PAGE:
On Wheat and Tares

One of my favorite all time writers of devotionals is George H. Morrison (thanks to e-Sword® devotionals!); I simply cherish his writing style and depths of insight into the most easily glossed over phrases of Scripture. As a sort of tribute to him, for I believe I am learning from him too, I shall try to write this muse in the hope of mimicking his unique style of presentation. Here goes!

 

The kingdom of heaven is likened unto a man which sowed good seed in his field: But while men slept, his enemy came and sowed tares among the wheat, and went his way. (Matthew 13:24-26 KJV)

Jesus’ Parables Usually Applied To More Than Their Subject Matter

Now, I sincerely believe in depth of words and character. It is the mark of a great life or book, to return repeatedly and each time find added riches and meaning to each of its words or events. And the Bible, arguably the greatest book, stands tall in this regard. Is it not surprising that its 66 books have been read for generations and still produce fresh insights? It is not the words alone though, but also the depth of the spirit behind them. And Jesus, that great a Man, displayed this trait in such wonderful fashion it still astounds many.

I believe this parable is a classic example: should you read it with the mind that He speaks about God’s kingdom in general, you are right, and will get the message. However, going deeper or shining another light, I believe it also refers to our heart and thoughts. In His masterful way, Jesus used this parable to also describe the details of the workings and mechanics of each man’s inner life, as we shall hopefully see as we go on.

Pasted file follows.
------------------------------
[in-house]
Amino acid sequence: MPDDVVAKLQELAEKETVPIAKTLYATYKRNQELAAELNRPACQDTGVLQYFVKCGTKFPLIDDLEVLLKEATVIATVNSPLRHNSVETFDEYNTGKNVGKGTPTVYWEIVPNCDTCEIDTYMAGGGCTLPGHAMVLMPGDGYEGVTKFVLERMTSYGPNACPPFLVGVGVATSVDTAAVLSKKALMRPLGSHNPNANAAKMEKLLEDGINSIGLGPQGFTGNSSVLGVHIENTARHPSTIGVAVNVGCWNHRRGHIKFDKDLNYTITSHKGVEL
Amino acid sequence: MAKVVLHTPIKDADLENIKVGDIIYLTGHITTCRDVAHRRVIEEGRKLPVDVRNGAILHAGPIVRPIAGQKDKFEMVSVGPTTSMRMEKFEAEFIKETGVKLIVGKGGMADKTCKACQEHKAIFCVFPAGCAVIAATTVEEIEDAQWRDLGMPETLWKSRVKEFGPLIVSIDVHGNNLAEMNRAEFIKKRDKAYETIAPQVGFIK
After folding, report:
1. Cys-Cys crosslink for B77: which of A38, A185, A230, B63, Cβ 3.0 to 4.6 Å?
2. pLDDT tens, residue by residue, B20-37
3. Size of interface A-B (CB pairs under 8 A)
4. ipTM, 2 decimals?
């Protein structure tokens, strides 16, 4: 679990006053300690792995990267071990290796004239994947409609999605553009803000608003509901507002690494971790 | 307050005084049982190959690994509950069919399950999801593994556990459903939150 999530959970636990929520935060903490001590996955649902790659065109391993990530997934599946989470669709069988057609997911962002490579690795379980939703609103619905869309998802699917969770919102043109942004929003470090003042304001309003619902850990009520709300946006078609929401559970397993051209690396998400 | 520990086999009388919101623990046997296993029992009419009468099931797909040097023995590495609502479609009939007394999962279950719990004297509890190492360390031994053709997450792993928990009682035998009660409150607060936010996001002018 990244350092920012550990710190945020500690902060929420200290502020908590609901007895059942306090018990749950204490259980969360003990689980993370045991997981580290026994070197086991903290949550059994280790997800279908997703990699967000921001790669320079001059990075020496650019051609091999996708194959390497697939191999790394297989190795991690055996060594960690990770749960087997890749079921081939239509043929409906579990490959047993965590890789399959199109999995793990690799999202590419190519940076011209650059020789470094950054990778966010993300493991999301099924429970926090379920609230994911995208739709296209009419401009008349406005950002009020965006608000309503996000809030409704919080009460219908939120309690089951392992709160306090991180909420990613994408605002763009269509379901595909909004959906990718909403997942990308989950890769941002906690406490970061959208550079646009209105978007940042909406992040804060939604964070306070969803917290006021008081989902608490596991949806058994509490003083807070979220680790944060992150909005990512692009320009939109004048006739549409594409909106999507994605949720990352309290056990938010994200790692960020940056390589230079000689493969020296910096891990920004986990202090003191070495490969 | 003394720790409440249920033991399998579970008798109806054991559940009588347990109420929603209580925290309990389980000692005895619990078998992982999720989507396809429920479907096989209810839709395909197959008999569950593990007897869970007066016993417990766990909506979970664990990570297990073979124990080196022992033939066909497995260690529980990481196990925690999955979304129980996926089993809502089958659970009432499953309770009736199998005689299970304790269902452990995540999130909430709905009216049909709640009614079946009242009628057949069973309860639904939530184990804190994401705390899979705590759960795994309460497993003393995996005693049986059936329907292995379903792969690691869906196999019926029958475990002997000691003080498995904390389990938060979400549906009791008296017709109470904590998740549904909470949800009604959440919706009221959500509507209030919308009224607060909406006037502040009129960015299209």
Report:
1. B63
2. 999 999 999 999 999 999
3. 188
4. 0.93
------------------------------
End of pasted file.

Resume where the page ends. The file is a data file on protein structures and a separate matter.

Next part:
The Enemy Was Not Invited, But Came In On His Own Anyway

Notice at once that in this parable, the enemy was not a planned event. I dare say, if the men had expected an ambush, would not the night watch be extra diligent? But they slept, all of them. And the enemy came at the least expected hour.

I cannot help but notice the similarity to our race in this world. Think, for instance, of the young boy flicking innocently through the channels on television. Bored is the little one, when suddenly he happens on a channel where he finds two adults being intimate with each other in a fashion meant only for the privacy of the bedroom. Intrigued he is, no doubt; excited, no less. This is harmless, comes the thought into his mind. So further he stares, and a little while later, for all life is really a little while, we find that young child has grown into an adult porn addict.